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Privileges and Conduct - Motion to Agree

Part of the debate – in the House of Lords at 3:45 pm on 30th April 2019.

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Photo of Lord Woolf Lord Woolf Crossbench 3:45 pm, 30th April 2019

My Lords, I should begin by referring to my interests in the register and stating that I took part in the debates relating to Lord Lester, to which I shall refer in a moment. In that regard, I am pleased to be able to say that I consider Lord Lester a personal friend.

Today we have taken a new look, rightly, at a subject of considerable importance: how this House proposes to tackle conduct that has apparently become more prevalent recently than it was in the past; namely, instances of individuals in a position of power taking advantage of that power to bully, harass and commit sexual misconduct involving individuals in a less powerful position.

It is important that the House should act in accordance with the rule of law and is an example to other institutions—here, I pay recognition to the improvements recommended in the report which we are considering. Undoubtedly, those who had that responsibility have given careful attention to the problems and put forward what they regard as the best proposals that at this stage it is possible to make. Those proposals are certainly to be welcomed as an improvement.

I say that remembering that Lord Lester was successful in the first debate in relation to his conduct but that in the second the position was reversed. That perhaps illustrates the difficulties involved. I am not in the least surprised that those who have spoken before me have made comments which could be regarded as being critical of what is in the report but at the same time have felt it possible to welcome what is now proposed.

After the second debate, I was left with the uncomfortable feeling that Lord Lester did not receive the fair treatment to which he was entitled. In saying this, I have no insight as to his guilt or otherwise. However, irrespective of his position, he remained entitled to a procedure which was fair. Although cross-examination was not an essential requirement in the circumstances in which he was involved, the fact remains, as others have said, that without cross-examination it is very difficult and sometimes impossible to ascertain where the truth lies when two people give different accounts which are wholly unsupported in either case. I was therefore delighted that the House decided to hold an inquiry conducted by an eminent QC into the procedures which should apply in this type of case.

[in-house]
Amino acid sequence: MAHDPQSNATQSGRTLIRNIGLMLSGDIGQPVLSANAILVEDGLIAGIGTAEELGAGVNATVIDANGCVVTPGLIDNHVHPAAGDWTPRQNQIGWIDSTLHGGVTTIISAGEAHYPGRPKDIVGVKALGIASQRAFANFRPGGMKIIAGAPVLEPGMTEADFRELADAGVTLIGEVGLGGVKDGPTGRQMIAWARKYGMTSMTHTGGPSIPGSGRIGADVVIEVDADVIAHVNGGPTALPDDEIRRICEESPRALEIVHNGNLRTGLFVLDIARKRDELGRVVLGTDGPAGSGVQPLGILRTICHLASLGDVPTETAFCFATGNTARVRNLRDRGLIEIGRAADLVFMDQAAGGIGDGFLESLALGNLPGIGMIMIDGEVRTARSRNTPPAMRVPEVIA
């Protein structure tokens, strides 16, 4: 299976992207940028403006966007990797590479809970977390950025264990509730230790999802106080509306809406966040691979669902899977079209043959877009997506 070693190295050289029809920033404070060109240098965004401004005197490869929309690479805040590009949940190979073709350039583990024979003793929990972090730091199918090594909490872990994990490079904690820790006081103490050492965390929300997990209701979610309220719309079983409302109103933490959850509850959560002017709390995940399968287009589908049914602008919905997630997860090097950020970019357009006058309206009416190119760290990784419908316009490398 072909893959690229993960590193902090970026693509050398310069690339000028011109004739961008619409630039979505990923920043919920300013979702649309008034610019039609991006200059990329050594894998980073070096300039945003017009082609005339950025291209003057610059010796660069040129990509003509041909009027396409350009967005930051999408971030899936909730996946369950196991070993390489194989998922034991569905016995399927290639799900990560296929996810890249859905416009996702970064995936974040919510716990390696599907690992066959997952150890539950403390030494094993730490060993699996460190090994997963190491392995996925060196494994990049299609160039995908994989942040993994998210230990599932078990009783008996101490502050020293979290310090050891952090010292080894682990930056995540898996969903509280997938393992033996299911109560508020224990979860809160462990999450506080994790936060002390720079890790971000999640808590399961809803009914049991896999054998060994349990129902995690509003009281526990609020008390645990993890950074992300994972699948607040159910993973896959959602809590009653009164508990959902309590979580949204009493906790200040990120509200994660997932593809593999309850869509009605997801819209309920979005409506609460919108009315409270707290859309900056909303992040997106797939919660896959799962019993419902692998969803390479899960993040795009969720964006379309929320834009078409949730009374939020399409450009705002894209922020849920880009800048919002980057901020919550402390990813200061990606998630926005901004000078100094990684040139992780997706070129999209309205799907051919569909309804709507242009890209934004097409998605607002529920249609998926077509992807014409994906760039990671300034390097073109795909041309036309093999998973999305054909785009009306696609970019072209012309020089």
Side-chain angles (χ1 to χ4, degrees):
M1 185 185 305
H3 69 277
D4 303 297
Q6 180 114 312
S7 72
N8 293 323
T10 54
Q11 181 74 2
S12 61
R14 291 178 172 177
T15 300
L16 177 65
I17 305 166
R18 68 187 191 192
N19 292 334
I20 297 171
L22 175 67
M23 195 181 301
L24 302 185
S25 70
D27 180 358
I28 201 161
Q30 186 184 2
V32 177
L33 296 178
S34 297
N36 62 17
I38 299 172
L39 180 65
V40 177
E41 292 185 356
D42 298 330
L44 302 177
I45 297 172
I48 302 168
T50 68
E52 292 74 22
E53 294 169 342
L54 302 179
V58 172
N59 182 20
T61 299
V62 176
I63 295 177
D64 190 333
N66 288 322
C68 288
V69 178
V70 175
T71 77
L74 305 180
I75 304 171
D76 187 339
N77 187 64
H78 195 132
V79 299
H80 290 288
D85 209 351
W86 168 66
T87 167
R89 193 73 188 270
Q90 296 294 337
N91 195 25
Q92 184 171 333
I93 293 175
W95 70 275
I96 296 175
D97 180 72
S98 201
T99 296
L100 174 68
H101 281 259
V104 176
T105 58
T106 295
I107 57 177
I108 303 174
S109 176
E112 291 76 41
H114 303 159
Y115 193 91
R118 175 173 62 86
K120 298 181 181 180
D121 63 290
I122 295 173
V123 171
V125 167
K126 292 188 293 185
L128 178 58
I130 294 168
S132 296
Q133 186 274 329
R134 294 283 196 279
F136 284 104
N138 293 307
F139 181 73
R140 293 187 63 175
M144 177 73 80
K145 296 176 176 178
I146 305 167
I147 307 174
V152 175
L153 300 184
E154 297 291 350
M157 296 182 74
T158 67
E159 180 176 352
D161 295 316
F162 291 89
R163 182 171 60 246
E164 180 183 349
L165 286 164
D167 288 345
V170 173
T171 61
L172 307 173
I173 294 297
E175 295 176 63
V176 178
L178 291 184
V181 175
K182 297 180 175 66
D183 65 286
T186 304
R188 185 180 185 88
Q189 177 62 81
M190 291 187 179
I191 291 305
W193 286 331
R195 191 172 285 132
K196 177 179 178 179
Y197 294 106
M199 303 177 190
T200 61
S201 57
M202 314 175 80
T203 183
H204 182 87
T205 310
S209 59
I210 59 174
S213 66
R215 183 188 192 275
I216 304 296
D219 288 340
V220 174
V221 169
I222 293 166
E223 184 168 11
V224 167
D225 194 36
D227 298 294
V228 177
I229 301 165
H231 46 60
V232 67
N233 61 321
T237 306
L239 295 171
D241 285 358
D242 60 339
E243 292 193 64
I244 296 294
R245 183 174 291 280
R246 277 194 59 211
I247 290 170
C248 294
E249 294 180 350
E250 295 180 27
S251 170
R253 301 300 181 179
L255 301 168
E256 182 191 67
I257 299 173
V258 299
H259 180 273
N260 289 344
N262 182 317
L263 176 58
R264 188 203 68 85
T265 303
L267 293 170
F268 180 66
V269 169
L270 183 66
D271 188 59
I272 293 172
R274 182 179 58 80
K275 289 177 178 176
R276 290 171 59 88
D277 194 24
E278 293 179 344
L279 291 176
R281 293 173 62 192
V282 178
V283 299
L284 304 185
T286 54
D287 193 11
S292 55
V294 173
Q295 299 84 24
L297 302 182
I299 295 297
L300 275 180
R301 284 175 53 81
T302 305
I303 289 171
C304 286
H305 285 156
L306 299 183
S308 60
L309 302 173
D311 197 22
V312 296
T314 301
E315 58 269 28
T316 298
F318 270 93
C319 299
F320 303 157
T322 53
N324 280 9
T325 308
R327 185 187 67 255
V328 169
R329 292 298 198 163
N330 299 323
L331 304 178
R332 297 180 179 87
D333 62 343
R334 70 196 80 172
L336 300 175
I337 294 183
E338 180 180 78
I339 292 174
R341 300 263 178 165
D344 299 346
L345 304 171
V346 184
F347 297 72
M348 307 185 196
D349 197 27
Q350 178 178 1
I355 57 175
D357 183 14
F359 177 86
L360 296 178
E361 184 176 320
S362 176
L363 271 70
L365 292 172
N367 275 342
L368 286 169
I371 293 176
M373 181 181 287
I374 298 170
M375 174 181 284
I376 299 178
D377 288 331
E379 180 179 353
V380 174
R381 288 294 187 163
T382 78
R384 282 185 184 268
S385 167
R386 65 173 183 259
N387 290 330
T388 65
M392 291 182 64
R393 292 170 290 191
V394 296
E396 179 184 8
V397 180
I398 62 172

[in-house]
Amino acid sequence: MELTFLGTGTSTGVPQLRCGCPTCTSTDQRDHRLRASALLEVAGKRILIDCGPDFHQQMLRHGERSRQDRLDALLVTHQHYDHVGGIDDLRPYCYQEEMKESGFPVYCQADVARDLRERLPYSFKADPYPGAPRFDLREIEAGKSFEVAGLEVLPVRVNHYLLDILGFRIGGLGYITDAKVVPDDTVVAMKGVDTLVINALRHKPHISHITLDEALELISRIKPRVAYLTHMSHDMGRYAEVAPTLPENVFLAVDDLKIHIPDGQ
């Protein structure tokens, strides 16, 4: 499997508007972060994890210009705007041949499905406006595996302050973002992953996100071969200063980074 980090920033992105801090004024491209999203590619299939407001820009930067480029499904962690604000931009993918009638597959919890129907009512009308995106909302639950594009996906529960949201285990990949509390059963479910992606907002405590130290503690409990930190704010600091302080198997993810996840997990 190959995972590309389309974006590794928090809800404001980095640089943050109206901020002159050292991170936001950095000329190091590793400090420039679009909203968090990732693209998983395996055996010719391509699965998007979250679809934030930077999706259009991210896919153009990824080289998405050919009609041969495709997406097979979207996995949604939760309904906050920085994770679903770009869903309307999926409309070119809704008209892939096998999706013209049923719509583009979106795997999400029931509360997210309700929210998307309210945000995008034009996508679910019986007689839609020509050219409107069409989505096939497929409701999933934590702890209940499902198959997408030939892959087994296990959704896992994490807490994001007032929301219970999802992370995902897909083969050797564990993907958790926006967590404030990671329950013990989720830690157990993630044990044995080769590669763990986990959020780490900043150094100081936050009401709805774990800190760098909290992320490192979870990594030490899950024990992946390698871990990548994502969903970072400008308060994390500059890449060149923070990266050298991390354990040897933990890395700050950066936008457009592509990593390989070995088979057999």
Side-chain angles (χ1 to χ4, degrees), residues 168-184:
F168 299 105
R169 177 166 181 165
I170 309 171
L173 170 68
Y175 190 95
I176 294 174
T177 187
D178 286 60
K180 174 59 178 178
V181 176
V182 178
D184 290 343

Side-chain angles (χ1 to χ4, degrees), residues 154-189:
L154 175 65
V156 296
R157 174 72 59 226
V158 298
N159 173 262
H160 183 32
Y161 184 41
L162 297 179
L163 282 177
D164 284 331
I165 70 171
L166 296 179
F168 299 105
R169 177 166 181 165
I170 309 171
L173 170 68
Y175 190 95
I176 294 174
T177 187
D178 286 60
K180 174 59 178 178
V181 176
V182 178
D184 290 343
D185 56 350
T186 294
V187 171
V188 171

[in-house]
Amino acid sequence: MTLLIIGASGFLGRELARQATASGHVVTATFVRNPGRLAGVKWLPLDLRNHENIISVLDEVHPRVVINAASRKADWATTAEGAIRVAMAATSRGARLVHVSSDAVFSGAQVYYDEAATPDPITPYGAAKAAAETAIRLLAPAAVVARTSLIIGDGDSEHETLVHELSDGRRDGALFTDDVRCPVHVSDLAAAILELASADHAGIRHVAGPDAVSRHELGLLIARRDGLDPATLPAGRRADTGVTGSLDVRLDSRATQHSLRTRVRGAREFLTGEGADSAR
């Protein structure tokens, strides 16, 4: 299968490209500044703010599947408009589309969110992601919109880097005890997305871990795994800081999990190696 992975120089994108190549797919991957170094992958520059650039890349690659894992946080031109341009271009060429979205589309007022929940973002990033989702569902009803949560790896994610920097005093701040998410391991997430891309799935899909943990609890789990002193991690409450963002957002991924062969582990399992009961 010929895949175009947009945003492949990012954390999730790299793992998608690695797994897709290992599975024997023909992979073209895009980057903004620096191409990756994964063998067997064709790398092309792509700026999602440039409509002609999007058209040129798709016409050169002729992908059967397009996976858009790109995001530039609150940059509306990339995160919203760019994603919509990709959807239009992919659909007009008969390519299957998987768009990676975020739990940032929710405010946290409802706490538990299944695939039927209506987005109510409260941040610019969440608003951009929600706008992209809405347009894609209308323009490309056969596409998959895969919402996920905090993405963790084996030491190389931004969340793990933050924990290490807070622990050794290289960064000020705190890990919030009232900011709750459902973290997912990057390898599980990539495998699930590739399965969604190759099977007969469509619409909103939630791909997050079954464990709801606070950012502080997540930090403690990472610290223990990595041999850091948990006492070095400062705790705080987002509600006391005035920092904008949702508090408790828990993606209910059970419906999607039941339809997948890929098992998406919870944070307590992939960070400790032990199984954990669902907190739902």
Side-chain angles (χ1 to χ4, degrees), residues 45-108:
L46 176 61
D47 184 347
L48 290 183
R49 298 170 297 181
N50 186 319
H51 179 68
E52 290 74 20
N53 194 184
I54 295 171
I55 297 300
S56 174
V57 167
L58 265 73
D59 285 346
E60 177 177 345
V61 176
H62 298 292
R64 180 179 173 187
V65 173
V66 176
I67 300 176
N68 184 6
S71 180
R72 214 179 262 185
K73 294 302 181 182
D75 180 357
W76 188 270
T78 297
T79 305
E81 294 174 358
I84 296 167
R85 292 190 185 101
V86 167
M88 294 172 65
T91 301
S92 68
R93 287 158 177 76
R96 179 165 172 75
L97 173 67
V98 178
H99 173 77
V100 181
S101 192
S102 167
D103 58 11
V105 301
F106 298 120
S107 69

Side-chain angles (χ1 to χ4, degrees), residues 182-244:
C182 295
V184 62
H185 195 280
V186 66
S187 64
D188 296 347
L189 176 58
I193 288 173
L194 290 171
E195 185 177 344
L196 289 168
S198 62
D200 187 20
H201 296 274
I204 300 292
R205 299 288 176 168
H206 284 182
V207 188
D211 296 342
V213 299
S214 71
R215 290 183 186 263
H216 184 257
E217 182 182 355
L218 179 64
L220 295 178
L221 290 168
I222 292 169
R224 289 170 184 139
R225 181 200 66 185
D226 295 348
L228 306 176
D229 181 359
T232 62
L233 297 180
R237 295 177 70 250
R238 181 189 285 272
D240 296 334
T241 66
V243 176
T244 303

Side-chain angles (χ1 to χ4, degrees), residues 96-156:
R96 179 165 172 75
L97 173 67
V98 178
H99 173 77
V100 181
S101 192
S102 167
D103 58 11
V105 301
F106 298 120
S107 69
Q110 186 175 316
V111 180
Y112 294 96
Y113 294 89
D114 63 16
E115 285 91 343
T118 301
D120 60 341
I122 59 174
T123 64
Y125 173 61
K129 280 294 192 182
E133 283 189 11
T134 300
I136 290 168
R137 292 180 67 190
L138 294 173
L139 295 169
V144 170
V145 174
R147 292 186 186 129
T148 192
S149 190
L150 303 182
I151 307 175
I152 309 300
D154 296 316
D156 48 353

I was also pleased that the House thought it proper to conclude a process of consultation, although I was surprised that it was restricted to four topics, as noble Lords will see from the top of page six of the report. However, the report also makes it clear that if comments were made outside those four headings, they would be taken into account; indeed, they were. I hope that when Miss Ellenbogen’s report is made available in the summer, as expected, the House responds to it appropriately.

I turn now to the proposals contained in the committee’s report. Like other noble Lords, I wish to identify the ones I regard as particularly important, such as those amending the Code of Conduct and the guide to the code. I emphasise that paragraph 6 of the introduction to the report states that the proposed changes will include,

“a new set of processes for investigating complaints”,

of the type with which we are concerned; namely,

“bullying, harassment or sexual misconduct”.

Paragraph 29 on page 10 states:

“We recognise the clear need to implement specific and appropriate processes for reporting and investigating complaints”,

of the type with which we are concerned. These processes are intended to,

“work fairly and effectively for both members and complainants and provide appropriate support for both … and to draw on the growing evidence base on best practice for addressing such behaviour”.

The proposal I regard as of the greatest importance is that, where appropriate, the commissioner should be supported by a team of independent investigators appointed by Parliament, and that the commissioner may delegate any of her investigatory functions to them. The significance of this proposal—I believe I share the view of the noble Lord, Lord Thomas, here—is that it will produce a situation similar to that regularly adopted in public inquiries to appoint a counsel to the inquiry. A single commissioner acting alone may find it almost impossible to find the truth in this sort of case. The report does not indicate who the independent investigators will be, nor the qualifications they will have. However, I am prepared to rely on the fact that the commissioner is responsible for conducting a full investigation on behalf of the House, and that the House will ensure both that those who are appointed are fully qualified to do so and that the truth of the complaint can be assessed quickly. If I am right in making this assumption, my greatest reservation about the procedure in its unamended form is largely met because, for example, legal advisers can assist in conducting cross-examination if they wish to do so. I cannot see anyone objecting to questioning in that form.